I have a MIM Telecaster Deluxe replica... it's wired exactly like a Les Paul
    and is equipped with two Fender humbuckers. It doesn't sound anything
    like a Les Paul, and it doesn't sound like a traditional Tele either.
    It's got a lot of Fender brightness for sure, but it's also got a great
    growl and excellent mids. Its tone is unique.
    But I love this guitar because when I play it, it sounds like me.
    10 onstage01-05-13@100.jpg
    I think you should honor your SG for the great sound that it has
    and play it on the songs it's appropriate for. That's what I recommend
    anyway.

    I also recommend plugging your SG into
    an EQ pedal, and then you can adjust the tone with nearly complete control. Get a used one... And that too, is easier and cheaper than replacement parts or other messing
    around, and it doesn't damage your SG.
     
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  5. Layne Matz

    Layne Matz Active Member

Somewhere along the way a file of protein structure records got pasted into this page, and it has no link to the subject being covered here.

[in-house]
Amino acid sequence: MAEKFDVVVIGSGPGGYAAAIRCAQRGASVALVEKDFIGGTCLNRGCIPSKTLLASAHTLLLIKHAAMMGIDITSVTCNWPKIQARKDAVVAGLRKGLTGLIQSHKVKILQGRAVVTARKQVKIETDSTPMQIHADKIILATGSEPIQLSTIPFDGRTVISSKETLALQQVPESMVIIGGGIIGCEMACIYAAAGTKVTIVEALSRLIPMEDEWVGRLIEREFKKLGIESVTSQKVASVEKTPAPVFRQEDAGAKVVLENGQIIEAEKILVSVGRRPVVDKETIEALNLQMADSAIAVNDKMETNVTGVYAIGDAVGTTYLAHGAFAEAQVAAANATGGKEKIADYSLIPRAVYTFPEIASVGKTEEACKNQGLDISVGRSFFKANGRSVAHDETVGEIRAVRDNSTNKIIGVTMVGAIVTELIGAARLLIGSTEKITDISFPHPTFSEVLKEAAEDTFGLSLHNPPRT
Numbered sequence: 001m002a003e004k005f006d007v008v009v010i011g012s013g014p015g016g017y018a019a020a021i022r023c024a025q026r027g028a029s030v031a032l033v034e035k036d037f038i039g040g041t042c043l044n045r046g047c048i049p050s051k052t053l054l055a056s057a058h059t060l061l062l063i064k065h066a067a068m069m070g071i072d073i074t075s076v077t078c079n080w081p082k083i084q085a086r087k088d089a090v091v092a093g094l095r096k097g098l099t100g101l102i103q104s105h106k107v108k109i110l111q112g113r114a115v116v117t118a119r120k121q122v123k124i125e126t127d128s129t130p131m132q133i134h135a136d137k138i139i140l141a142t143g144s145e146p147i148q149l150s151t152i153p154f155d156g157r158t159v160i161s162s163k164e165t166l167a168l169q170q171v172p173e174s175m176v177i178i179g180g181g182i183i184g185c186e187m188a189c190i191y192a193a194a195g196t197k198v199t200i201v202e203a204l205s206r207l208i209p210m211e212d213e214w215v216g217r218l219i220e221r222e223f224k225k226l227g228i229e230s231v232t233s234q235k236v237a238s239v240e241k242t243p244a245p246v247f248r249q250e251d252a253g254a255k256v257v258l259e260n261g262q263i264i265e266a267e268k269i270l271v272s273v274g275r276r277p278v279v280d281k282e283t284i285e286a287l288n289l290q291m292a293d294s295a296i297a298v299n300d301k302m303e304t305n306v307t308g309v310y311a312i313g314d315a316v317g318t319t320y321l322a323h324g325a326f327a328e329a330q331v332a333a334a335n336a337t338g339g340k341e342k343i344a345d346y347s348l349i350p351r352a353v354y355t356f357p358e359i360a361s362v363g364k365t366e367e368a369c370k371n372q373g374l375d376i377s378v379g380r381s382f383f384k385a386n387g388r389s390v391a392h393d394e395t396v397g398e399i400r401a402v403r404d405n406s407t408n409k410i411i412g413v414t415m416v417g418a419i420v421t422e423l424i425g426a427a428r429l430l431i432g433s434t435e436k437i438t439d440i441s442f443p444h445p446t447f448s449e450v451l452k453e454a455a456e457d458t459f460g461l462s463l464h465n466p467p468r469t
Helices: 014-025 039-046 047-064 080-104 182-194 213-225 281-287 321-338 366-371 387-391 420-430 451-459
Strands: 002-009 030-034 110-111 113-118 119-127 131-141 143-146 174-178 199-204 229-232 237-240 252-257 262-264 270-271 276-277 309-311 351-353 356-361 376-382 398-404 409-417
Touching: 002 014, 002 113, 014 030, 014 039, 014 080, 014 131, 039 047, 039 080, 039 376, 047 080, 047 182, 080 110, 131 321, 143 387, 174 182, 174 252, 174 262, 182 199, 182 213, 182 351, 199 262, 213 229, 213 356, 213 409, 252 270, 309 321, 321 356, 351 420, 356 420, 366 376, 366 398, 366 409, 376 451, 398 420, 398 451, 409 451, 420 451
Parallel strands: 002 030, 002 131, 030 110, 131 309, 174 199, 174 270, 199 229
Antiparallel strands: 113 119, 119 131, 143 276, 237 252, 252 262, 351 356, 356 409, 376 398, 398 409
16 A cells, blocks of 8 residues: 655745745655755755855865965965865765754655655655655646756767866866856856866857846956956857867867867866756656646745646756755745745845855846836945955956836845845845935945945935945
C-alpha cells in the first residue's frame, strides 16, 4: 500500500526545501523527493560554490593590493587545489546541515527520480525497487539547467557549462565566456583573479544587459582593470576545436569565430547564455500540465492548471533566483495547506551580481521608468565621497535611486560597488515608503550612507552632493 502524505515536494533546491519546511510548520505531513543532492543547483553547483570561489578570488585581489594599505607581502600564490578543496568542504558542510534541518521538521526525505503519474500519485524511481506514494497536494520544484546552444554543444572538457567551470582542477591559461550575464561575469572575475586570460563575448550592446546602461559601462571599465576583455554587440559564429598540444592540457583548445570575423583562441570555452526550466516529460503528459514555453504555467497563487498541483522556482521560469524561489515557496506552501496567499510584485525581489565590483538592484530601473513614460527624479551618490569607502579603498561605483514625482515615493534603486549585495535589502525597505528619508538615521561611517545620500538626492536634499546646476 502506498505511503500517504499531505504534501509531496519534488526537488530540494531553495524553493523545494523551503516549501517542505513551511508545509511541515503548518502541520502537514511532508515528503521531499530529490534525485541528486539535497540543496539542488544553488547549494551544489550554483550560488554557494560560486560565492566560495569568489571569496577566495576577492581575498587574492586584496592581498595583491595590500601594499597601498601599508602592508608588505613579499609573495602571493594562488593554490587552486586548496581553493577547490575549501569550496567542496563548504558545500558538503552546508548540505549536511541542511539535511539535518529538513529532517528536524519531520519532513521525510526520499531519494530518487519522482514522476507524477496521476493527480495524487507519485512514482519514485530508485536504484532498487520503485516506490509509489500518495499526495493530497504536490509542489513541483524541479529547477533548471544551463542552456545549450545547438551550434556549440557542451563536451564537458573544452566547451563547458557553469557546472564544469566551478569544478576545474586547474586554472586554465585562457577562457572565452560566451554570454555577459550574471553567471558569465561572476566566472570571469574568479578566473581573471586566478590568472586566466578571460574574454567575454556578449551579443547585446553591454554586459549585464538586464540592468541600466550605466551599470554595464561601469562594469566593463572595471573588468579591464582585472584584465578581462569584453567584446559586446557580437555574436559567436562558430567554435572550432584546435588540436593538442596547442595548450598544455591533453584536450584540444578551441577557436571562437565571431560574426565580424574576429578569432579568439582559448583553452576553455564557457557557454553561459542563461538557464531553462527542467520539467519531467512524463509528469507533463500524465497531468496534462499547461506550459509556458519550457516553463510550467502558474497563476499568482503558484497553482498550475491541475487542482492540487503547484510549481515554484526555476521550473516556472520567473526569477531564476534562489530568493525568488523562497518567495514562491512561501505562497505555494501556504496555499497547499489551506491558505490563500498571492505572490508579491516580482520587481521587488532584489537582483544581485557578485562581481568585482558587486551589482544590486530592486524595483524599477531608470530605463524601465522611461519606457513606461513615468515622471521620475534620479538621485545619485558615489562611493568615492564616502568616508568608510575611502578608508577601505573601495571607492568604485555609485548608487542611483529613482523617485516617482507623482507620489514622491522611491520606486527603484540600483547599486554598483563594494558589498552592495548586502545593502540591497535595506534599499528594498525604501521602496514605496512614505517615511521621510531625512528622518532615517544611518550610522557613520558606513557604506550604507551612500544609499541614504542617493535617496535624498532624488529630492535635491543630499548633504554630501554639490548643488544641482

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    I still think an SG with Tele pups would be tonally intriguing.
     
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  6. Layne Matz

    Layne Matz Active Member

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  7. withershins

    withershins New Member

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    There are some easy, and some more challenging electronics mods you can do to create a passive bass cut. The easiest way is to put a capacitor directly inline after the neck pickup. This works as a permanently engaged high-pass filter (which means the inability to switch on and off could be considered a disadvantage).

    Here's an article literally titled Teach Your Neck Pickup to Twang.
    blackstoneappliances.com/BassKnob/

    It's the same as the ancient Seymour Duncan page on "how to fix a muddy neck pickup," but in greater detail.